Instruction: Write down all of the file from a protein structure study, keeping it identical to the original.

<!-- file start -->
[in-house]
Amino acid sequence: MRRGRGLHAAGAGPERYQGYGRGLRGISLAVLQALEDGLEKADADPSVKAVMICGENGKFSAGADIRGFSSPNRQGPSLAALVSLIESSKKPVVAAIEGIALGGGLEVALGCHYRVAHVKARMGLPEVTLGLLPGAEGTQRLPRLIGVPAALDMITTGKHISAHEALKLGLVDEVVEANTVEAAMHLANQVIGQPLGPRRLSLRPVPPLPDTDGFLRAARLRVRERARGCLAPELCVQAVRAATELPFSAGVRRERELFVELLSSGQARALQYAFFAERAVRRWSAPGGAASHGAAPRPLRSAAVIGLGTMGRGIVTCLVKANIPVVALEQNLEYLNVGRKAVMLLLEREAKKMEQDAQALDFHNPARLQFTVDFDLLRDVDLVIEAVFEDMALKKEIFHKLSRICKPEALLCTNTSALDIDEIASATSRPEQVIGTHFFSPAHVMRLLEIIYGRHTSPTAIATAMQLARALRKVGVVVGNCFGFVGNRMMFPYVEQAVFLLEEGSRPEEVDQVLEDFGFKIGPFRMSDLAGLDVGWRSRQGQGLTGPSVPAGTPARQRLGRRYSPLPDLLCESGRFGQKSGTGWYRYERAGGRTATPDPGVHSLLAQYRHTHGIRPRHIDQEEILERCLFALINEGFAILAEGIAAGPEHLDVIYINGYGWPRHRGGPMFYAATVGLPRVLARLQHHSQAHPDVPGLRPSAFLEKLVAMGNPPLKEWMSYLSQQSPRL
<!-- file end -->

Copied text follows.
[in-house]
Amino acid sequence: MRRGRGLHAAGAGPERYQGYGRGLRGISLAVLQALEDGLEKADADPSVKAVMICGENGKFSAGADIRGFSSPNRQGPSLAALVSLIESSKKPVVAAIEGIALGGGLEVALGCHYRVAHVKARMGLPEVTLGLLPGAEGTQRLPRLIGVPAALDMITTGKHISAHEALKLGLVDEVVEANTVEAAMHLANQVIGQPLGPRRLSLRPVPPLPDTDGFLRAARLRVRERARGCLAPELCVQAVRAATELPFSAGVRRERELFVELLSSGQARALQYAFFAERAVRRWSAPGGAASHGAAPRPLRSAAVIGLGTMGRGIVTCLVKANIPVVALEQNLEYLNVGRKAVMLLLEREAKKMEQDAQALDFHNPARLQFTVDFDLLRDVDLVIEAVFEDMALKKEIFHKLSRICKPEALLCTNTSALDIDEIASATSRPEQVIGTHFFSPAHVMRLLEIIYGRHTSPTAIATAMQLARALRKVGVVVGNCFGFVGNRMMFPYVEQAVFLLEEGSRPEEVDQVLEDFGFKIGPFRMSDLAGLDVGWRSRQGQGLTGPSVPAGTPARQRLGRRYSPLPDLLCESGRFGQKSGTGWYRYERAGGRTATPDPGVHSLLAQYRHTHGIRPRHIDQEEILERCLFALINEGFAILAEGIAAGPEHLDVIYINGYGWPRHRGGPMFYAATVGLPRVLARLQHHSQAHPDVPGLRPSAFLEKLVAMGNPPLKEWMSYLSQQSPRL